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While we choke on pollution, Big Oil rewards execs
New reporting from OpenDemocracy shows executives at major oil companies were awarded millions in bonuses for acting on climate. Yes, really.
Emily Sanders is the Center for Climate Integrity’s editorial lead. Catch up with her on Twitter here.
Scientists warned this week that we could see an Arctic without sea ice as early as the 2030s — a decade earlier than expected. But I don’t have to look even that far to see symptoms of climate catastrophe. Just outside my window, the New York City skyline is unrecognizable, blurred with stifling smoke brought here by wildfires blazing across Canada. As I write this, 110 million of us across the U.S. are under air quality alerts for record-high levels of hazardous particulates that threaten to penetrate our lungs and blood. Even with the windows closed, I can smell the smoke and feel it in my eyes.
As Bill McKibben writes, “this is what a huge percentage of the world’s people breathe every single day of their lives. In fact, we should probably — in our hearts if not our lungs — be grateful for a few days like this. They bring us much much closer to the lived experience of billions of our brothers and sisters.” That’s true, at least, for those of us who don’t already live in more polluted neighborhoods and for whom the smoke didn’t pose a deadly threat to our health.
If this didn’t feel surreal enough on its own, it turns out that the fossil fuel companies that got us here are actually rewarding themselves for a job well done.
Some of the world’s biggest oil and gas majors are awarding their executives special bonuses for achieving their climate goals, according to new reporting from OpenDemocracy.
After hauling in hundreds of billions of dollars in record-breaking annual profits in 2022, oil and gas majors pulled out of their climate investments and doubled down on fossil fuels. But that didn’t stop executives at BP, Chevron, Exxon, Shell, Eni, and Total from pocketing more than $18 million combined in bonuses last year for supposedly hitting their climate targets and transitioning to clean energy, the new reporting found.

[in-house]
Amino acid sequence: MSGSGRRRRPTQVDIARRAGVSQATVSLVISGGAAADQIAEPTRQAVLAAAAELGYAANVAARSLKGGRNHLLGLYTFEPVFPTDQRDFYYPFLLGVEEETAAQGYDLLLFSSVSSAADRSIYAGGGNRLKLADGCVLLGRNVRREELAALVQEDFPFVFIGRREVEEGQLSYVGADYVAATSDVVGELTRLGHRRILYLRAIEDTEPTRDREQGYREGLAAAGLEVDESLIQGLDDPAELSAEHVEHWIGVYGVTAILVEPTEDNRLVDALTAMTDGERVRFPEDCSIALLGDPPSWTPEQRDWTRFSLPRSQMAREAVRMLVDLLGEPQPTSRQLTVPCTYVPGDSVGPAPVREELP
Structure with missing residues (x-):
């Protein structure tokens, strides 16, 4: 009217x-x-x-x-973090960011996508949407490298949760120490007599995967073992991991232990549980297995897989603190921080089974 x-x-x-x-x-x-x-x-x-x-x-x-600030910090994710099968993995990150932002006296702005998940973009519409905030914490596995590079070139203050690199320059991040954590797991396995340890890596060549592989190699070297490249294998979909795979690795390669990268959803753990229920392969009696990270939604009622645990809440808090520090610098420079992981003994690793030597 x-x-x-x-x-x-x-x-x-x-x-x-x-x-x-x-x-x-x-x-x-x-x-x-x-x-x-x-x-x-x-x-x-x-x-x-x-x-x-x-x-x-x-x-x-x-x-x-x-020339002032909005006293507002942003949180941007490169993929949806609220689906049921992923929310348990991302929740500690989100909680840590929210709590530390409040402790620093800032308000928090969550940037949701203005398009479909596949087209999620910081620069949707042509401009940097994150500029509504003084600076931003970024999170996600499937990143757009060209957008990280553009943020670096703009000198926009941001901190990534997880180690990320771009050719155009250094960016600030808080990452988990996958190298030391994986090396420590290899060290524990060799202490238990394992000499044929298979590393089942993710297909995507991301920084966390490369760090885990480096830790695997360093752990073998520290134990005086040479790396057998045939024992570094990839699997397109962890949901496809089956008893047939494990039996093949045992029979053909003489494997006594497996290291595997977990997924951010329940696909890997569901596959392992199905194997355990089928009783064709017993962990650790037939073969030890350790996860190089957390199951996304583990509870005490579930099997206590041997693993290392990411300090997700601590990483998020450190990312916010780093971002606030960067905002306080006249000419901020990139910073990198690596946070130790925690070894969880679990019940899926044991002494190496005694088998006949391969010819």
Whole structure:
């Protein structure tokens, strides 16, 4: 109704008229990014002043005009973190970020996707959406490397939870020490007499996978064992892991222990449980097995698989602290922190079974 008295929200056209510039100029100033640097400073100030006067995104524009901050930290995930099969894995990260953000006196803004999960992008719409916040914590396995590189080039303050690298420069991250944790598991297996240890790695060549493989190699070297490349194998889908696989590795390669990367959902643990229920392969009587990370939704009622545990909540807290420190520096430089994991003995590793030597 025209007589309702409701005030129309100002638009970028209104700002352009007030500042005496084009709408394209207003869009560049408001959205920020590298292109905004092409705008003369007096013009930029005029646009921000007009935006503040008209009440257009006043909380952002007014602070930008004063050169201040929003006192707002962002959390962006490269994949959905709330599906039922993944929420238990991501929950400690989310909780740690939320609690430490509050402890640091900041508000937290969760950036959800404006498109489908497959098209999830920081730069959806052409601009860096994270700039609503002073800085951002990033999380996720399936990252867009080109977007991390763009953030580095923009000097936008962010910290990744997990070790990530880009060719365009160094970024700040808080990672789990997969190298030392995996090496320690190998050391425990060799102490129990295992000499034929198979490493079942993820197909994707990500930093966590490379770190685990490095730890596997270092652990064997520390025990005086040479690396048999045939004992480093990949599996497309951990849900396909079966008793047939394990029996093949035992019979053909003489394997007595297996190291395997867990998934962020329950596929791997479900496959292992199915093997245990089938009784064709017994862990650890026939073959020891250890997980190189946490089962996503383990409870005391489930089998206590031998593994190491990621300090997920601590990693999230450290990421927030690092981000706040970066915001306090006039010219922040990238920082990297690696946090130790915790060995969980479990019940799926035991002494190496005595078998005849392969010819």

Andrew Kersley, the UK journalist who reported those findings, said he combed through the directors’ compensation or remuneration sections of companies’ annual reports, where he added up the number of executive bonuses attributed to meeting specific climate targets voted in by company shareholders.
BP, for example, handed its executives a bonus for reducing the companies’ operational emissions (Scope 1 & 2) by seven million tonnes. But as Kersley reported, “although that target was achieved, it was almost exactly counterbalanced by an increase in the amount of CO2 emissions from the burning of the fossil fuels BP sells,” for which BP’s targets don’t account.
“I think they just didn’t intend anyone who wasn’t a shareholder to read it, because it kind of speaks for itself,” Kersley said. “The bar was set unbelievably low. It’s like, ‘Congrats on protecting the environment this year, you guys! We kept our emissions exactly the same.’”
Net zero targets are often intentionally ambiguous or arbitrary, without any unifying or time-bound standard to which they could be measured. They also tend to rely on far-off technology and schemes like CCS or carbon offsets to allow for continued use of fossil fuels. Many of Big Oil’s climate targets also exclude emissions from the use of their products by consumers (or Scope 3 emissions), which make up 80 to 90% of their greenhouse gas pollution in total — among other tricks in their emissions accounting, as ExxonKnews has explained. A peer reviewed study of Big Oil’s climate pledges last year concluded that “accusations of greenwashing appear well founded.”